Although Andrew Wheeler has sought to distance himself from Scott Pruitt in some important ways as acting head of the U.S. Environmental Protection Agency, he's also signaled a continuation of his predecessor's agenda.
Two immediate examples: his decision to ease coal ash storage rules and announcement to weaken clean car standards.
But there are four specific tests Wheeler faces that we'll be watching closely over the next several months. They will shed more light on whether he plans to uphold the mission of the EPA, or continue the Trump-Pruitt all-out assault on protections for people and the environment.
1. Will he halt the "censored science" rule?
Before Pruitt resigned amid ethics scandals in July, he proposed a "censored science" rule championed by polluting industries. This change would effectively bar the agency from using many high-quality scientific studies in the development of safeguards from toxic exposures.
Under the guise of transparency, Pruitt's plan would only allow use of studies that make all their research public – even though gold standard research often relies on personal medical information scientists must protect for legal and ethical reasons. This would effectively censor valid science on chemical risks, air pollution, adverse health effects and other facts that polluters aim to suppress.
Wheeler can stop the proposed rule at any time, and once again center his agency on the best and most comprehensive science and research.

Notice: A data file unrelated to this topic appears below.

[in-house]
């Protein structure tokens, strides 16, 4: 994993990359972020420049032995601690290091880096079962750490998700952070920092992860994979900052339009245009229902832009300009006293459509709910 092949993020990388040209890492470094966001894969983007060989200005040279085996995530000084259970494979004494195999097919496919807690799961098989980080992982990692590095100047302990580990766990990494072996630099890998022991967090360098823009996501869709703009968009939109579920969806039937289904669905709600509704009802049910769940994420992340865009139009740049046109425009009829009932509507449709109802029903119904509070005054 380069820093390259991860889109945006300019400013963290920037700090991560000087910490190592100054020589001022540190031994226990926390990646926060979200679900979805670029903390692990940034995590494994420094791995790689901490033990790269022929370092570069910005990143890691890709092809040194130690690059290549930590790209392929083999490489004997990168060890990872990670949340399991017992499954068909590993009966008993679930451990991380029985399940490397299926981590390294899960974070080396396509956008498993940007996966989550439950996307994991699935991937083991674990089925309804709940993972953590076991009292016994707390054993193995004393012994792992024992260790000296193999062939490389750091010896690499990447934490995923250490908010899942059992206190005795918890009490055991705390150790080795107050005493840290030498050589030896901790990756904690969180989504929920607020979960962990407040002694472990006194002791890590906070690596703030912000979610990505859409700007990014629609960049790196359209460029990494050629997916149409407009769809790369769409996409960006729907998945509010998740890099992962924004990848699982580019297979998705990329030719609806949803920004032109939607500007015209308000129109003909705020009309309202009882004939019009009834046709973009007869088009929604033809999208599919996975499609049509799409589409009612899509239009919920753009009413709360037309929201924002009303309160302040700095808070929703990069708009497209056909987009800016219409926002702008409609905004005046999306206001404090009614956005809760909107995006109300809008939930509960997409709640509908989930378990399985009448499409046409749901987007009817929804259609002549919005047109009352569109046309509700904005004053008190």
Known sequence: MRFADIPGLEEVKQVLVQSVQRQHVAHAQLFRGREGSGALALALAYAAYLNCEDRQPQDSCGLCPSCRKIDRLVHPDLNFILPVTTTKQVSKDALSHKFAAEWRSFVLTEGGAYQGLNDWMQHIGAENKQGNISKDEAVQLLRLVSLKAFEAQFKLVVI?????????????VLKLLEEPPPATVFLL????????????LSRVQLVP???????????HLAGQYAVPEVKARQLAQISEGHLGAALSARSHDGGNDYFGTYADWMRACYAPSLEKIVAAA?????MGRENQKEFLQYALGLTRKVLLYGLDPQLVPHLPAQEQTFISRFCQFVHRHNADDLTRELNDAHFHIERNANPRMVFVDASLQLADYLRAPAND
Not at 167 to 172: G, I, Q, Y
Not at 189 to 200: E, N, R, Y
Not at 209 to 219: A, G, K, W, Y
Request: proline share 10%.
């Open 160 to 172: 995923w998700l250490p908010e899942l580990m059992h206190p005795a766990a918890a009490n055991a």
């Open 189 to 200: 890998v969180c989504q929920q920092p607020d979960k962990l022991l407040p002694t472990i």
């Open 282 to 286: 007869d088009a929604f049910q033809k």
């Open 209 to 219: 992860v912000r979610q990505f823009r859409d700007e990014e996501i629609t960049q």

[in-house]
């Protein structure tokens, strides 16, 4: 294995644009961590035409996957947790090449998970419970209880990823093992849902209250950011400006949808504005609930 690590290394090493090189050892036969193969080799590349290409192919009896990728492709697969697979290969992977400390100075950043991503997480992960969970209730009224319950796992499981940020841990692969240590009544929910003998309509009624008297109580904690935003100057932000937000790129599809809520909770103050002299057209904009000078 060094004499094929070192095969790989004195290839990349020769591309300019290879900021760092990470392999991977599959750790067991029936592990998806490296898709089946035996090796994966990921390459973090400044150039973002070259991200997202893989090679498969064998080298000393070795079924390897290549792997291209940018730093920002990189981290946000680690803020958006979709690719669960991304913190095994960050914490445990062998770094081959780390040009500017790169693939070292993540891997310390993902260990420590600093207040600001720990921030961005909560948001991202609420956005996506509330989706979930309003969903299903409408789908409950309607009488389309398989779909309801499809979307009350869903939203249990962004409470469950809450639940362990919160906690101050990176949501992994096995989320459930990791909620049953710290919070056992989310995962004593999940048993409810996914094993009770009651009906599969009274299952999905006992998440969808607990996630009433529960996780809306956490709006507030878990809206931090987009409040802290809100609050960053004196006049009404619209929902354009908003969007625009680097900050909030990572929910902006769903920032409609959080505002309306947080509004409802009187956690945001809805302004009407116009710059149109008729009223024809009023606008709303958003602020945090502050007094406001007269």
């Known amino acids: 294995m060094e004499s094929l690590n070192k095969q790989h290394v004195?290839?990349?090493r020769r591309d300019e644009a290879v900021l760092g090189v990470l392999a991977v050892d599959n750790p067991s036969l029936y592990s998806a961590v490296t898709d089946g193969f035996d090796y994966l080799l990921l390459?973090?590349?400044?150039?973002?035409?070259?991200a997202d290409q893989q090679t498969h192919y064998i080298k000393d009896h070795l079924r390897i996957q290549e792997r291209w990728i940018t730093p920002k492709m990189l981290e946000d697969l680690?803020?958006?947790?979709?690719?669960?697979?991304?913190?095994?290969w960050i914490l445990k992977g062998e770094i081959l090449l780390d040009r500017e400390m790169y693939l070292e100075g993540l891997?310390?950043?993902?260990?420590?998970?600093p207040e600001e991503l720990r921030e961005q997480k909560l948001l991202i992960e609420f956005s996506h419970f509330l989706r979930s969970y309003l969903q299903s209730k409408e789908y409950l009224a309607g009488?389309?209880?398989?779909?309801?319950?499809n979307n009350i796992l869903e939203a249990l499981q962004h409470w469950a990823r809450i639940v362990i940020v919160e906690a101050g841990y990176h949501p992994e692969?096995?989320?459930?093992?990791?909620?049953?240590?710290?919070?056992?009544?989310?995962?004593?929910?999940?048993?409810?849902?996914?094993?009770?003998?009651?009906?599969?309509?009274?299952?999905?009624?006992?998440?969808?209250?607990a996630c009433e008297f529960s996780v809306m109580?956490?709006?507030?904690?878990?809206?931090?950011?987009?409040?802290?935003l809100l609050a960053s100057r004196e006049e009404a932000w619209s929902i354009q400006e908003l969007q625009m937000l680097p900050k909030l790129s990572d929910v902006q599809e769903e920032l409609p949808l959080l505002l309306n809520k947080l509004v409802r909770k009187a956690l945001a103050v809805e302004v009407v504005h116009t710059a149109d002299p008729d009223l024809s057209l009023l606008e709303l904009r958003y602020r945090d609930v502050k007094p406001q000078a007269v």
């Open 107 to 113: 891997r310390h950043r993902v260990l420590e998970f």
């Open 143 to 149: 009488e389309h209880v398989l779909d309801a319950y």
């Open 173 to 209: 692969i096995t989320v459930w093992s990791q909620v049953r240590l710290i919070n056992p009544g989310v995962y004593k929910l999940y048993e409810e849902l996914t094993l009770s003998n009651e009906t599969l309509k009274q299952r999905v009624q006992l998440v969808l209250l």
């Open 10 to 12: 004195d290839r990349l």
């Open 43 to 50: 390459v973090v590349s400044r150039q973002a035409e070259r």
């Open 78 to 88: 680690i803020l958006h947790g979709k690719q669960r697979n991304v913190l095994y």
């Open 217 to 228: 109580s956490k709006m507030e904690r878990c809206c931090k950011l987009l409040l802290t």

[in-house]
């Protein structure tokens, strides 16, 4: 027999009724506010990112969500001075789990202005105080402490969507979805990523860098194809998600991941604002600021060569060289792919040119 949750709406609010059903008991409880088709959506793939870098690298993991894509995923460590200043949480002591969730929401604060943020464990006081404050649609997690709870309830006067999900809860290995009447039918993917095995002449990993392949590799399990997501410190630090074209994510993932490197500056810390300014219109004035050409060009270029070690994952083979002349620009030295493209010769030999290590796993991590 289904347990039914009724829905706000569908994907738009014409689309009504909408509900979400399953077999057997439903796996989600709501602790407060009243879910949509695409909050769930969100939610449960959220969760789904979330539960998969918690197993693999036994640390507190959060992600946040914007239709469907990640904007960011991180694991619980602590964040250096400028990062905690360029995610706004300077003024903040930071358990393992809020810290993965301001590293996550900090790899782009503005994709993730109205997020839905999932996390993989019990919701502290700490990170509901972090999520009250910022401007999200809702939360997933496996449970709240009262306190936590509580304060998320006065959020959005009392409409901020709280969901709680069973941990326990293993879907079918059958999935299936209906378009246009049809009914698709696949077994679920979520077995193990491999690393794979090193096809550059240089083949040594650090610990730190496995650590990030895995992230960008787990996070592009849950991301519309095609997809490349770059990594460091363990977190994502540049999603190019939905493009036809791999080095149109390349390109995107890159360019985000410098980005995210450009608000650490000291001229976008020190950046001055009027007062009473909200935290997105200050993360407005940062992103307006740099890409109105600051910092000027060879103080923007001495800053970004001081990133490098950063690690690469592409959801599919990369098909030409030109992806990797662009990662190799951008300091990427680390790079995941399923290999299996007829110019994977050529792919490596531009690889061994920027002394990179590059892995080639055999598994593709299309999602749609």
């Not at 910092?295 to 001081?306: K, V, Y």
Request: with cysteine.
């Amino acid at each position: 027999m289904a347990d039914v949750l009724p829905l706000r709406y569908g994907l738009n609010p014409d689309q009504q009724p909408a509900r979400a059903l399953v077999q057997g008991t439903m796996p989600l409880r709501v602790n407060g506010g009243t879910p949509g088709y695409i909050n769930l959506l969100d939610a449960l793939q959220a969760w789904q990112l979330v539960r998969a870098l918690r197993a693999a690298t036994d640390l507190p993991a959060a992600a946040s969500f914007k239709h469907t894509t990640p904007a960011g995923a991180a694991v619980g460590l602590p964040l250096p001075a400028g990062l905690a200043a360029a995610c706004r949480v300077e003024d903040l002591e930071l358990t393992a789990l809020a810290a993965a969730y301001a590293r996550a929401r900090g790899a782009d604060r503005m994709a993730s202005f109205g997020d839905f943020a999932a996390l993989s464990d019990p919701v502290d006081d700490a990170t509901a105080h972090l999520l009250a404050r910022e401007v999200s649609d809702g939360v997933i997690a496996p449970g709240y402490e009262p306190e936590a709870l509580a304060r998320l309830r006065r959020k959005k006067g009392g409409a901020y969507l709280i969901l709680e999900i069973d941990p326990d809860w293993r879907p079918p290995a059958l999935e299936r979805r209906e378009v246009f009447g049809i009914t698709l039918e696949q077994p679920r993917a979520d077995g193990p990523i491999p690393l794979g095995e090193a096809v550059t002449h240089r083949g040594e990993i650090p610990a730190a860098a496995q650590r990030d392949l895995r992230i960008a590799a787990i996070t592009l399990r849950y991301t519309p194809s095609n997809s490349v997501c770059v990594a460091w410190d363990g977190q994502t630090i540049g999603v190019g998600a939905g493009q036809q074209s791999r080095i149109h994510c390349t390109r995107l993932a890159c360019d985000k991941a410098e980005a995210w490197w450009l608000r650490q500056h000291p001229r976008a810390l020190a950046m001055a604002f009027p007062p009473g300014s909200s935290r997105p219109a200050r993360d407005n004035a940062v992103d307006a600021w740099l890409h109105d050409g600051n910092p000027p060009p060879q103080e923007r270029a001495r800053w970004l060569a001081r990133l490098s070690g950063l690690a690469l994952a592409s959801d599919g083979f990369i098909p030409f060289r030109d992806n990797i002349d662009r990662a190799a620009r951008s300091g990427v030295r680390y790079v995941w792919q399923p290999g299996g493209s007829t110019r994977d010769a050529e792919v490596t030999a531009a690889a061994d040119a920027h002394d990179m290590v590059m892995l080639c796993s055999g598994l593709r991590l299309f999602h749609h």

2. Will he reverse Pruitt's interstate smog decision?
In its petition, Maryland asked the agency to require coal-burning power plants in five upwind states to use pollution control equipment already installed at 36 units. It would reduce interstate pollution and dangerous smog for millions of people in the region.
Under Pruitt, the EPA proposed denying this and a similar petition from Delaware. Wheeler now has an opportunity to reverse course and confirm EPA's duty to address interstate pollution.
3. Will he stand up against Trump to protect EPA's budget?
President Trump and Pruitt twice proposed budgets that would have gutted the EPA's ability to carry out its mission of protecting human health. These cuts would have meant more air pollution and contaminated water, more exposure to lead and toxic chemicals, more asthma attacks and more preventable deaths across America.
It's clear that President Trump is working to kneecap the EPA through both executive action and budgetary processes. We're watching to see if Wheeler will stand up for an agency that is already stretched thin with personnel and funding.
4. Will he defend life-saving chemical disaster rules?
Pruitt proposed to gut rules the EPA adopted after a 2013 chemical explosion killed 15 people at a Texas fertilizer plant, including a dozen first responders. The former EPA administrator's plan would weaken accident prevention measures and reduce the flow of information to local communities affected by such accidents.
Wheeler has said he will make "risk communication" a priority. Reinstituting the chemical disaster measures would show that he's willing to put action to his words. People's lives are directly at risk.
There's more on Wheeler's plate than these four tests, of course. As head of the EPA, he also needs to cut carbon pollution from power plants, defend a much-needed chemical safety law, and keep methane emissions in check.
The coming months will illuminate the agenda [PDF] of the man charged with keeping our environment clean and helping Americans live healthier lives.